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The learned counsel proceeded to narrate the circumstances which showed, as suggested by the prosecution, that the prisoner was the murderer of the deceased.

Between 4 and 5 o’clock in the afternoon of the Saturday on which the murder was committed, the prisoner went to the village of Ainstable and purchased some powder, shot and caps from Mary Wilson. He was in liquor; and after he got the articles he went away. He lived at Longdale – he, Joseph and Henry all lived there with their father. In going home, he would pass through the village of Basco Dyke, where a person named Boustead resides. About 5 o’clock while Boustead was thrashing some wheat in a barn, the prisoner looked in, leaned against some straw and entered into conversation with him. Among other things he said, “I am going out to shoot tonight” (he had bought the materials half an hour before). “I know where the game sits – I know every foot and track of the ground; and if the bloody keeper come to me tonight, out goes the b—-r’s brains. I neither fear heaven nor hell, God nor devil. I will be in heaven or hell before a month in over. I will never die with my shoes off. Now, mark my words; this very night I will be that b—-r’s end. I am the man that will do the deed.” And now (said the learned counsel) come the part which shows whom he meant. “There never shall be a b—-r about Staffield Hall that shall take me.” Staffield Hall, continued the learned counsel, is the place where Mr Fetherstonhaugh lives, who is lord of the manor. Putting his hand to his neck, the prisoner said “I don’t care a damn if I be hanged up by the neck tomorrow.” The prisoner was not entirely sober at the time; but he was not drunk. Now as to this testimony, there were certain observations to be made by his learned friend (Mr Monk) and which ought to be made by him. The statement was not made till the 15th of Dec. The offence was committed on the 15th of Nov.; and Boustead had heard of it on the 16th of November, and yet he never communicated this to the police until the 11th of December. That was a long time; the jury would hear from him why he did not make the statement earlier, and it would be for them to say if these were satisfactory reasons or not. In the meantime he (Mr Overend) was bound to tell them there had been a reward of £100 offered by the Government to any one giving information that would lead to the conviction of the murderer, and a free pardon to any accomplice not being the actual perpetrator. That reward was offered two days before the statement was made. It would be for the Jury to say if Boustead knew of it, and if so, how far his mind was affected by it. It was, of course, an odd think for a man to go to another and tell him he was going to take away life and that sort of thing; but here they had the statement of a witness that it had been done in this instance. They would hear the remarks of his learned friend, and they would say whether the explanation was satisfactory. It was a threat, at all events, against this particular man, and it was carried out that night.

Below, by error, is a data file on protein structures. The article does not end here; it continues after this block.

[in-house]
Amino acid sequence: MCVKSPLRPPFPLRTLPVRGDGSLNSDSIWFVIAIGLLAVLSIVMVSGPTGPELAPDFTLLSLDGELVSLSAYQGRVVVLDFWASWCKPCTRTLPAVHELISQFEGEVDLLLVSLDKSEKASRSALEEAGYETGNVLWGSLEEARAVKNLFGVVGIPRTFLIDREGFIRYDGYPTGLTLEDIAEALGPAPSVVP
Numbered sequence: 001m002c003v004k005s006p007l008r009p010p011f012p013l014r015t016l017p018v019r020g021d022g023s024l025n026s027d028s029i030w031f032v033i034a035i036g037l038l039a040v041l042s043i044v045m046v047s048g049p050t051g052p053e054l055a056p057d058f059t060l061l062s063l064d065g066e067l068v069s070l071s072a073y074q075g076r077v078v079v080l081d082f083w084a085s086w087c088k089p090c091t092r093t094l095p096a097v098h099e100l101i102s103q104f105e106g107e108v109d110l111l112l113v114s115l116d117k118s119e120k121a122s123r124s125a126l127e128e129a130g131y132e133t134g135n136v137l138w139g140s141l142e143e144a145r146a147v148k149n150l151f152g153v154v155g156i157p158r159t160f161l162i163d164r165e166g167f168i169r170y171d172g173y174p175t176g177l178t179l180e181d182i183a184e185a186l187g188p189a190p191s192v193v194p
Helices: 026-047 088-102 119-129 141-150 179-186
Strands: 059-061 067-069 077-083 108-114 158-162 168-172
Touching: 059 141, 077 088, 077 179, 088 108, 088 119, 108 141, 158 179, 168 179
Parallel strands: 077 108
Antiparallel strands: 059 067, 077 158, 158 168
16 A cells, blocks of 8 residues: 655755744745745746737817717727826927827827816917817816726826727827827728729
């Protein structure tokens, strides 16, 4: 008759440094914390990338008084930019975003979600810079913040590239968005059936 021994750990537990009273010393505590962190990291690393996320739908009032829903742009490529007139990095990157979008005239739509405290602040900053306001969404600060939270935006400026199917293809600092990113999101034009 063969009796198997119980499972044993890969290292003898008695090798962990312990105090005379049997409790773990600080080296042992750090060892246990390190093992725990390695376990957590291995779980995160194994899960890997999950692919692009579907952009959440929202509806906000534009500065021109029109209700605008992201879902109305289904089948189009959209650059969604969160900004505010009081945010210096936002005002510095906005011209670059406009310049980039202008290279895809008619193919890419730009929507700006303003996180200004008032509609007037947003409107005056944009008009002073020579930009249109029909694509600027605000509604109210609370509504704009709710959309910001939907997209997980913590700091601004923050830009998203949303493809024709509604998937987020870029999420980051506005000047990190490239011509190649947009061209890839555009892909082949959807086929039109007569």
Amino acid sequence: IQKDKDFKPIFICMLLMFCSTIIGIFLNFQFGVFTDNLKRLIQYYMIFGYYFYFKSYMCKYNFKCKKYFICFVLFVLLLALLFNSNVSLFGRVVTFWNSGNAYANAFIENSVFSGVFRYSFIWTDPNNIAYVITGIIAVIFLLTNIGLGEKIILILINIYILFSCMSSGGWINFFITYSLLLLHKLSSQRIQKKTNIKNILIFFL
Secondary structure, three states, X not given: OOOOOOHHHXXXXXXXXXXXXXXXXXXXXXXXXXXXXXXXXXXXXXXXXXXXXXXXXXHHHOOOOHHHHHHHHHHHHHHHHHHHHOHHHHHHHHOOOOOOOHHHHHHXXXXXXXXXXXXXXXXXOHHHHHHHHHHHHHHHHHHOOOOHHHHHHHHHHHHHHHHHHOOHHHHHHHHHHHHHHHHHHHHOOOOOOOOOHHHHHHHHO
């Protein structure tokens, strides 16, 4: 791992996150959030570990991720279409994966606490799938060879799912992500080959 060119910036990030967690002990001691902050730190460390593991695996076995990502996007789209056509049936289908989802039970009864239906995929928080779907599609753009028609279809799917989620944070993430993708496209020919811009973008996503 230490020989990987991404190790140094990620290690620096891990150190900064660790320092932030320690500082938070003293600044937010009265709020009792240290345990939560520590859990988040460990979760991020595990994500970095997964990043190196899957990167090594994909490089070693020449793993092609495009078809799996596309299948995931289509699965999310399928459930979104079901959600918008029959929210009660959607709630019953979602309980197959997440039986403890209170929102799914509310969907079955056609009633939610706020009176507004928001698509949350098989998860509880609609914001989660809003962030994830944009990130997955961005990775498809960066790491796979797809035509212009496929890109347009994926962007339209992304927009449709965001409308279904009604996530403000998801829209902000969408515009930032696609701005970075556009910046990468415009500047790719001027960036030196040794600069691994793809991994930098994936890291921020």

After this conversation with Boustead, the prisoner passed along in the direction of his own house. He did not know whether the prisoner went to his own house or not, but the supposition was he did; for between 6 and 7 o’clock he called at the house of Susan Hogarth at Longdales, with a gun in his hand. He had no gun when he was at Ainstable or Basco Dyke, when he called at Susan Hogarth’s he was very tipsy. He sat down, fell asleep and slept until 10 o’clock at night. She then awoke him, and he got up and took his gun to the door. He then said he would go and see her son John Hogarth, and ask him about some draining. While he was standing there, he said, “It is a very fine night – I will fetch them down.”  She said, “William, you had better go home, they will be watching” – meaning the keeper. He said, “Then let the b—-r stand back.” She said he had better go home, and then he said he would.